Note: The “Biblical counseling” being critiqued here is actually nouthetic/admonishing counseling. There are many people who counsel Biblically who do not counsel this way.
This is the third and final installment in a series of articles of commentary on Caroline Newheiser’s lecture “Lving with an Angry Husband,” which you can listen to at this link here (and I especially encourage you to listen to it if you think I may be misrepresenting what Caroline says).
Part One of this commentary series is here (link) and Part Two is here (link).
In her lecture, Caroline Newheiser explains the “right way” for a woman to ask for help with her angry (cruel) husband, and how church people should help. Continue reading “Getting Help With an “Angry Husband,” According to “Biblical Counseling””
Note: I put the term “Biblical counseling” in quotation marks not because I believe it’s wrong to counsel with the Bible. (Just the opposite is true, in fact.) But rather, because a certain group of people (nouthetic/”admonishing” counselors) have co-opted this term to apply to their style of counseling, when other counseling that uses the Bible (sometimes called “Christian counseling”) could also be called Biblical counseling.
Recently I listened to a lecture from Caroline Newheiser from the Institute of Biblical Counseling and Discipleship (IBCD) summer 2017 conference (link). I wanted to hear it for two reasons: In this talk Caroline was teaching other “Biblical counselors” (that is, nouthetic/”admonishing” counselors) how to counsel on the topic “Living with an Angry Husband” (link), and this information is pertinent to my interactions. And also, Caroline is the wife of Jim Newheiser, who is now the Director of the Christian Counseling Program at Reformed Theological Seminary in Charlotte, NC (about whom I’ve heard some interesting things) and a respected teacher in her own right. Continue reading “Should the Texas Church Shooter’s Wife Have Gotten “Biblical Counseling”? #ChurchToo”
Yesterday I published a synopsis of and response to “Helping Women with Child Sexual Abuse in Their Past,” by Zondra Scott, a teacher of nouthetic counselors (going by the name “Biblical counselors”) whose husband Stuart taught “Biblical counseling” at John MacArthur’s The Master’s Seminary and who currently teaches it at Southern Seminary (SBC) in Louisville, KY. I wrote this in light of the way “Jane” from The Master’s University says she was counseled after having been raped.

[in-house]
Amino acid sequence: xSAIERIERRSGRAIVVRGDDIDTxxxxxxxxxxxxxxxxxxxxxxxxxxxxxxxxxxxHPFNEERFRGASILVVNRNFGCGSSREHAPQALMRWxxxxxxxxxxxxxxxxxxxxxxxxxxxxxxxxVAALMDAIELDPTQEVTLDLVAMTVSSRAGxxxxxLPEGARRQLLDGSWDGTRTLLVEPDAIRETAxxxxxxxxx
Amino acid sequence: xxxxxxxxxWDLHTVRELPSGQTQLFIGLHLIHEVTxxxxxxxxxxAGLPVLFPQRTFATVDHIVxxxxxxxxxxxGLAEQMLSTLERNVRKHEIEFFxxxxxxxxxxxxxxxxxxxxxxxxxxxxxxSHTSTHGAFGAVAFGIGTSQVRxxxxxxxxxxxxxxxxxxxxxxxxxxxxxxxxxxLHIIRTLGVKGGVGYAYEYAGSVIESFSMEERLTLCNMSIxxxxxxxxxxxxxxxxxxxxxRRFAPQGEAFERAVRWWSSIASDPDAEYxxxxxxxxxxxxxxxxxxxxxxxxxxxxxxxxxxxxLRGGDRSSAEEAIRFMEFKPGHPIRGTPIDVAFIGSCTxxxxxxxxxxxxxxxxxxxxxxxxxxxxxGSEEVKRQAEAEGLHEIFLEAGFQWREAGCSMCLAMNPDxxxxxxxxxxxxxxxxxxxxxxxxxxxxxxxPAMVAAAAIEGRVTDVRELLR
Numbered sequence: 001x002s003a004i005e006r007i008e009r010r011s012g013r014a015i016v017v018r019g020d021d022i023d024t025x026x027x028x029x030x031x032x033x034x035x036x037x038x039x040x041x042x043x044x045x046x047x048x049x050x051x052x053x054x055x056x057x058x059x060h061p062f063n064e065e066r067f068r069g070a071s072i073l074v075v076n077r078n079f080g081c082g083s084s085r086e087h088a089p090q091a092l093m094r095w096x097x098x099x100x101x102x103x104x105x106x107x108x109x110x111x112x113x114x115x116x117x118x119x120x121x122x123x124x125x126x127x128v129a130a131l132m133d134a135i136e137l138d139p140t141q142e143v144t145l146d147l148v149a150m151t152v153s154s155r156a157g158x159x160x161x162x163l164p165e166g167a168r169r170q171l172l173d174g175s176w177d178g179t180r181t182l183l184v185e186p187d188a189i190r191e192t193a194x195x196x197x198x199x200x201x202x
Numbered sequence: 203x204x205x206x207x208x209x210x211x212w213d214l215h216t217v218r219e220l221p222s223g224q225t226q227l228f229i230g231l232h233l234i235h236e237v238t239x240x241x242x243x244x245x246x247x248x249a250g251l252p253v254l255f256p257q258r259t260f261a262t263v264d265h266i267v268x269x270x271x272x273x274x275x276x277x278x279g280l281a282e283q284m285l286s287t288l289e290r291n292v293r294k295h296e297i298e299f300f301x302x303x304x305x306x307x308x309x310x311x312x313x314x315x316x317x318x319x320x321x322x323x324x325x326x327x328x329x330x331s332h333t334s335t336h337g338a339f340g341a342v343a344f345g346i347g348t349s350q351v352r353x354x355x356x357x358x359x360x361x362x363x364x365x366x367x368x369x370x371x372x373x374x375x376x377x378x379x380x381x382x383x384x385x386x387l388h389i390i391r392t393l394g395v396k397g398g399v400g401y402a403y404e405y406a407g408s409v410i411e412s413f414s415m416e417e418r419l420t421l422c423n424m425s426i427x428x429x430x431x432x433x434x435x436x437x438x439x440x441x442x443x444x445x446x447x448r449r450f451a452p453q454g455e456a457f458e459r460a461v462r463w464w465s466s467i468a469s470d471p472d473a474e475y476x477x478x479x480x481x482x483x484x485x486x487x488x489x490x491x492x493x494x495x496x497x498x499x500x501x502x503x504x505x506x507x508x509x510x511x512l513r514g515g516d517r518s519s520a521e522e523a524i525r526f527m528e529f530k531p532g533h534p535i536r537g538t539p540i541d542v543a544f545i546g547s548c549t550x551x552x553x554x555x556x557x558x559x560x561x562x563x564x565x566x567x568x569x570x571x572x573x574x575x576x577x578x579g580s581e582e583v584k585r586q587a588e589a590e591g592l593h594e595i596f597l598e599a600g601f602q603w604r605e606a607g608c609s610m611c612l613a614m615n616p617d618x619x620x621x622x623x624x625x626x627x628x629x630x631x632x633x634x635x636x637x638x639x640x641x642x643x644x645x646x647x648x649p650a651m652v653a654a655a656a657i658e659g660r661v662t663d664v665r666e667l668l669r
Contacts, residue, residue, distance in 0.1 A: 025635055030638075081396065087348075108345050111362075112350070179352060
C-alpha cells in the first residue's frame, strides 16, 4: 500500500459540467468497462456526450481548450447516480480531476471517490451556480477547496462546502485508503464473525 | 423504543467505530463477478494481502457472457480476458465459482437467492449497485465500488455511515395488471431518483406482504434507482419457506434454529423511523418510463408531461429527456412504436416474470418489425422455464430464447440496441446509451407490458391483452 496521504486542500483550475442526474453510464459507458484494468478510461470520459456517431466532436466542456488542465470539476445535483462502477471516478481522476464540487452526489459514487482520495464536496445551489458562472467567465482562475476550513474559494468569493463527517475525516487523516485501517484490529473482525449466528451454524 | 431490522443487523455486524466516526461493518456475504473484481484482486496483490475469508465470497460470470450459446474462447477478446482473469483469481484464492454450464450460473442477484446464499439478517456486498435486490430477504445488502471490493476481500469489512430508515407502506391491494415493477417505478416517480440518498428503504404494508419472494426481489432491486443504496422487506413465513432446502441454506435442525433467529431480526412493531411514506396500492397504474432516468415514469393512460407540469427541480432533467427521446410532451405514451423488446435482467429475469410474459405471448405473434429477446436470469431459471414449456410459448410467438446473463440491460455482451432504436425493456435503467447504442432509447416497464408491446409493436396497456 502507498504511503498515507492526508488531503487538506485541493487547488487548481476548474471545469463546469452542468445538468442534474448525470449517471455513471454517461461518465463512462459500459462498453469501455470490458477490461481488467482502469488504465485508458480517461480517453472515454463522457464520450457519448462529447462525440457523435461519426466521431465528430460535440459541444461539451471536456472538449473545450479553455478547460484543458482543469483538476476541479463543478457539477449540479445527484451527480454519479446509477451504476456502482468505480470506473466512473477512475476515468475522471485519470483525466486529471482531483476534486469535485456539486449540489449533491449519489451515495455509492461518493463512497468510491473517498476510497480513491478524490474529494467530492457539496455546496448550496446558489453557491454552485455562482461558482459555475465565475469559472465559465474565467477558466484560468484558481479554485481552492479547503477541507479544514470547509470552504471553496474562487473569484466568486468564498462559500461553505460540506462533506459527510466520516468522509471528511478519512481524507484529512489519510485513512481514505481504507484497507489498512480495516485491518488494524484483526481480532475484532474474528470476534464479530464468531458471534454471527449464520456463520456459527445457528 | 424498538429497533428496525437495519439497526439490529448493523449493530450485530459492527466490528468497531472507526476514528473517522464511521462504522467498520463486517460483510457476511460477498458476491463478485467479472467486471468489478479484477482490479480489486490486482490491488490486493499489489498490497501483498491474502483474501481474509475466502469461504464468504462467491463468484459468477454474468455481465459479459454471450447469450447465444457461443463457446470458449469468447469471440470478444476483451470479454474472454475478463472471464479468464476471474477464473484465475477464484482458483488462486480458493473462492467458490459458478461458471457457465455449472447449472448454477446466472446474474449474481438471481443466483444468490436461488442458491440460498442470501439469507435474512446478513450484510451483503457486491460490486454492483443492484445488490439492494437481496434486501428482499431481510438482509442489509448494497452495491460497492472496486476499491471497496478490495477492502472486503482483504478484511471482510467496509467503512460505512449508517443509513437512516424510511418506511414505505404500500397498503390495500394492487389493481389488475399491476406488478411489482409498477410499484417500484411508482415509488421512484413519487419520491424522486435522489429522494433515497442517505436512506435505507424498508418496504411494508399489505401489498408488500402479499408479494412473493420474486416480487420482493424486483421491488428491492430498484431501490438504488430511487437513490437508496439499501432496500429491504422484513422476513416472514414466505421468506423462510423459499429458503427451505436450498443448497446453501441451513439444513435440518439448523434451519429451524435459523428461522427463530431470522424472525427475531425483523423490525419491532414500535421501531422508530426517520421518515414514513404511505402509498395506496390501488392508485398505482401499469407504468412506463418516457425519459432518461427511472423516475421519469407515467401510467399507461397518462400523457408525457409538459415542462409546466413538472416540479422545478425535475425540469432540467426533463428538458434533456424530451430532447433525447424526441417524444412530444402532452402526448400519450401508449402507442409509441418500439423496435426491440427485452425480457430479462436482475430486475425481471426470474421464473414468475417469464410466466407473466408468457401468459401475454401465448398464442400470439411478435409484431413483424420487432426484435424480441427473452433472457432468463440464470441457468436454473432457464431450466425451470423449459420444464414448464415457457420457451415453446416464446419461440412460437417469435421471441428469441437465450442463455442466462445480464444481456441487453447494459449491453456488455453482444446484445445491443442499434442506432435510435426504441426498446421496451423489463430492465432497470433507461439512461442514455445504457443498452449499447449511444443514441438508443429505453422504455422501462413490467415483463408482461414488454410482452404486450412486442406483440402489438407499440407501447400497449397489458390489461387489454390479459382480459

I emphasized that their style of counseling is one that they called “Biblical” but I’m calling “nouthetic” since that was its original name and there are other styles of counseling that are equally Biblical and arguably more so.
Though the details of “Jane’s” so-called counseling experience were of course unique, the overall picture looked eerily familiar to me. Continue reading “Here’s an Abuse Survivor’s Plea about Nouthetic “Biblical” Counseling”
As Providence would have it, when “Jane’s” account of rape in the environment of The Master’s University went viral last week (link), I was barely aware, because I was cleaning bathrooms and listening to lectures on abuse. One of them was “Helping Women with Child Sexual Abuse in Their Past,” by Zondra Scott, whose husband Stuart coincidentally was formerly on the faculty of the Masters College and Seminary in the area of “Biblical counseling.” Her lecture can be heard here (link).
As I then read the original post about Jane with its many comments and then read a number of follow-up posts about Jane, I thought about Jane’s situation Continue reading “If “Jane” From The Master’s University Were to Seek “Biblical Counseling””
The response that I’ve posted here on Amazon is really more of a commentary on Jay Adams’ “nouthetic counseling” perspective on sanctification. Does Godliness really come through development of habits, as Jay Adams has been teaching since the early 1970s? When you understand the New Testament (and the Old in the light of the New), that’s not at all the picture that you see. Continue reading “Godliness Through Discipline by Jay Adams: A Response”